Welcome to the second in our series of myth busters! Today we ask whether the following is a myth or not….…

Is it true that where an EHC needs assessment is requested by someone other than the parents of a child or the young person themselves, if it is declined by the local authority, does that remove the right of the parents/young person to appeal to the SEND Tribunal?”

At Talem Law, we are surprised by the number of times parents tell us that they have been told by a local authority that they cannot appeal to the SEND Tribunal if a school asks a local authority to conduct an education, health and care needs assessment (often called an EHC needs assessment) of a child or young person aged between 0 and 25 and the request is refused.

We at Talem Law consider this to be a myth and this is why…..

If we look at s 36 (1) The Children and Families Act 2014 we find it says the following:

(1) A request for a local authority in England to secure an EHC needs assessment for a child or young person may be made to the authority by the child’s parent, the young person or a person acting on behalf of a school or post-16 institution.

Clearly a school or post-16 institution can make such a request to a local authority.

To find out what happens next if the request is refused, we must turn to The Special Educational Needs and Disability Regulations 2014, specifically Reg. 5.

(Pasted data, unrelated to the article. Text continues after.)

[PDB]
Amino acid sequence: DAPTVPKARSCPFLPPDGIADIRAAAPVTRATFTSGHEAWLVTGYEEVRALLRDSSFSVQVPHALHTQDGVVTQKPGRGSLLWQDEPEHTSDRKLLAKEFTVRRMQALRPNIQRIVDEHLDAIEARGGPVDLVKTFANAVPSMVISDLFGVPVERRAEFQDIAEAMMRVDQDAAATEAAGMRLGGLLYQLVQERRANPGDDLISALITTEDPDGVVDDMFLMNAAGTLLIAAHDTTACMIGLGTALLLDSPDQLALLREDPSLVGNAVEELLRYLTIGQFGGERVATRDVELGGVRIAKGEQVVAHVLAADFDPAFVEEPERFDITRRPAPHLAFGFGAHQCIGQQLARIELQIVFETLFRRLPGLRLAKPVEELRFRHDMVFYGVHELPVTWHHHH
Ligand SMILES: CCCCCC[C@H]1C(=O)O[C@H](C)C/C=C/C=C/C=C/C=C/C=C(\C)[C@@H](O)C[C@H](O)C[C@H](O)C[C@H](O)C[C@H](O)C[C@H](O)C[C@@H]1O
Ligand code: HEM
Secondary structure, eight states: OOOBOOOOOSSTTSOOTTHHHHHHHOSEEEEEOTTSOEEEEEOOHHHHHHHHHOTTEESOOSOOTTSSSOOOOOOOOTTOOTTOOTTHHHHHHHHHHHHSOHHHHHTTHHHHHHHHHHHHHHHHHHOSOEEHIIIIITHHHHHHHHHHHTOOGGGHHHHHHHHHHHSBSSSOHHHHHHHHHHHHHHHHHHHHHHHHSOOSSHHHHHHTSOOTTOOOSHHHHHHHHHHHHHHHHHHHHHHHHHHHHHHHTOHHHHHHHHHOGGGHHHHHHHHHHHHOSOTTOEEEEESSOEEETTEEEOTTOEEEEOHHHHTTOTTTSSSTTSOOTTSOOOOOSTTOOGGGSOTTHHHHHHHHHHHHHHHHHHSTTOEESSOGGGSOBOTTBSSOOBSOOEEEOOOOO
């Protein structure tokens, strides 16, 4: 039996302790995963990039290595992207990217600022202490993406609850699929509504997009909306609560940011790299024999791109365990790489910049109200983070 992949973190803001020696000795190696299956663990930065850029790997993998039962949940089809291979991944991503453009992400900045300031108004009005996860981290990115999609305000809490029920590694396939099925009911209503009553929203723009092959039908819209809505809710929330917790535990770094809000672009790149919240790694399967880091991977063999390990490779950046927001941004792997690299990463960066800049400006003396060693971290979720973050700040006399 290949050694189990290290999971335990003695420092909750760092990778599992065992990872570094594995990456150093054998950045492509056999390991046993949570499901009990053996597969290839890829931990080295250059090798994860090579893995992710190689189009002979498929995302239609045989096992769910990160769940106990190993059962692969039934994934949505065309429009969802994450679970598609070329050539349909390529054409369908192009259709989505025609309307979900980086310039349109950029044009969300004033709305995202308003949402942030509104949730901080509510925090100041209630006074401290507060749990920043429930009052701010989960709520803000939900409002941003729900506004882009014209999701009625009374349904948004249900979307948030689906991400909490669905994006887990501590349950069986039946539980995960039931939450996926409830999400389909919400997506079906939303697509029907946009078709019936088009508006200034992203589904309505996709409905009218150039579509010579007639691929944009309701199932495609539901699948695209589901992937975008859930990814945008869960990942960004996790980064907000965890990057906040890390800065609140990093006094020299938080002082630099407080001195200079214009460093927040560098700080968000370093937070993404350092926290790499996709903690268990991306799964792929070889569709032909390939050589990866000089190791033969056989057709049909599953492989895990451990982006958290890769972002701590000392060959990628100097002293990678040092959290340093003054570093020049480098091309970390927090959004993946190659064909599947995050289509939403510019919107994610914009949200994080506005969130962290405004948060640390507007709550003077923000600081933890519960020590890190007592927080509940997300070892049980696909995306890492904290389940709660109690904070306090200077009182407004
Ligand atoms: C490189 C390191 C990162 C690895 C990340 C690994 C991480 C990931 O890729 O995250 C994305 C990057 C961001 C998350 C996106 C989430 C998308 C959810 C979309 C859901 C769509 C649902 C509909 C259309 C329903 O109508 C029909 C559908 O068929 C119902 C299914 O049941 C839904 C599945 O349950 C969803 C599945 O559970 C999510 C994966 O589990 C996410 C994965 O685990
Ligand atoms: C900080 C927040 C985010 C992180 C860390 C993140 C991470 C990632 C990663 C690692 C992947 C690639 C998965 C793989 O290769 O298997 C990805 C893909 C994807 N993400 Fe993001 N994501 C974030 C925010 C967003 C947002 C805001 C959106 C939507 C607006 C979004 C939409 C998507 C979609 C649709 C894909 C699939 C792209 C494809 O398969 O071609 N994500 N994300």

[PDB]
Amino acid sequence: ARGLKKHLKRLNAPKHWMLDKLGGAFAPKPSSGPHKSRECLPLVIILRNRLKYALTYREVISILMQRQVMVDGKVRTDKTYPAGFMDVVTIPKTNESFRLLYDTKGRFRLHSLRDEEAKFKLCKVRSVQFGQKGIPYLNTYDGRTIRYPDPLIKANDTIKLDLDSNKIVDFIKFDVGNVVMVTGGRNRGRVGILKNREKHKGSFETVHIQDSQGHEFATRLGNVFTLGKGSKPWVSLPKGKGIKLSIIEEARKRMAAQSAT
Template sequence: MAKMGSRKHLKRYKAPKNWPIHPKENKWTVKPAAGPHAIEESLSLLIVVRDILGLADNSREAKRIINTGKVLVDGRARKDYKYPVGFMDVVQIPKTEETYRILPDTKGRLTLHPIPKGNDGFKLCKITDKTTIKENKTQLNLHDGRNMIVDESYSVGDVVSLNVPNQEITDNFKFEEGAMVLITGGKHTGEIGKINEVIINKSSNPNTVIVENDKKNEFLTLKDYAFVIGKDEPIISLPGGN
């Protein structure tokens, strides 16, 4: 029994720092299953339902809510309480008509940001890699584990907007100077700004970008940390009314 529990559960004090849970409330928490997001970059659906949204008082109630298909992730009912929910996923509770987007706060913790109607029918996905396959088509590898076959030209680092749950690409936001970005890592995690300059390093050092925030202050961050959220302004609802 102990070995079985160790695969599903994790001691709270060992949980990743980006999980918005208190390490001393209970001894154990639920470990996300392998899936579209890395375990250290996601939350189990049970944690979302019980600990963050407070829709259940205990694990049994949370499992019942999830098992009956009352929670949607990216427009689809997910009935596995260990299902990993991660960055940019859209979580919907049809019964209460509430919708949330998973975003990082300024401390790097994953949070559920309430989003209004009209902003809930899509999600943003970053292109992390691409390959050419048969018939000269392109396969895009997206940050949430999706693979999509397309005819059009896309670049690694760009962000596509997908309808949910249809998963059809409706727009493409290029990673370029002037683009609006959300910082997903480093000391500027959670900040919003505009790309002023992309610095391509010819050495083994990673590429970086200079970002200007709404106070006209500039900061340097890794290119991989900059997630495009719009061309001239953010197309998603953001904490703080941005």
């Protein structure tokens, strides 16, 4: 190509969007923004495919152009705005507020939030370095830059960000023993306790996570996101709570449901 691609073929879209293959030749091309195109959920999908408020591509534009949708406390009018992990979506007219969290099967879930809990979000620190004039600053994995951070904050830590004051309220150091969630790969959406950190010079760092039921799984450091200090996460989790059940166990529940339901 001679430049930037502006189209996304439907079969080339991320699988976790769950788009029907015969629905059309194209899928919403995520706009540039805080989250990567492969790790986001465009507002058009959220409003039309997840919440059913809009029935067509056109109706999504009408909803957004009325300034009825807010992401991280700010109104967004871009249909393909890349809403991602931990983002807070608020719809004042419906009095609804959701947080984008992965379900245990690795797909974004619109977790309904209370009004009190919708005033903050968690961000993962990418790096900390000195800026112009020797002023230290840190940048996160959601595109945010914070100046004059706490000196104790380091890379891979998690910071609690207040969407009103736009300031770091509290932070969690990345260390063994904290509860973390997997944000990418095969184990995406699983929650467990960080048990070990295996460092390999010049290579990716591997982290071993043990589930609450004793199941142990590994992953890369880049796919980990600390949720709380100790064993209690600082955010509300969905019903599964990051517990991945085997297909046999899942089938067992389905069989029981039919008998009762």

This says:

(1) The local authority must notify the child’s parent or the young person as soon as practicable and in any event within 6 weeks of— (a) receiving a request for an assessment under section 36(1) of the Act [the Children and Families Act 2014]……

(3) When notifying the child’s parent or the young person of its decision that it is not necessary to secure an EHC needs assessment for the child or young person, it must also notify them of—

(a) their right to appeal that decision;

Anyone who wants to check the above, can look at the SEND Code of Practice, specifically para 9.19. Intuitively one may conclude that this must make sense because, even if a school or post-16 institution does make the original request, the child or young person will be consulted in the same way as if the child’s parents or young person had made the request.  Para’s 9.8 and 9.9 are worth reading because they highlight the whole range of individuals and organisations who can make a request.


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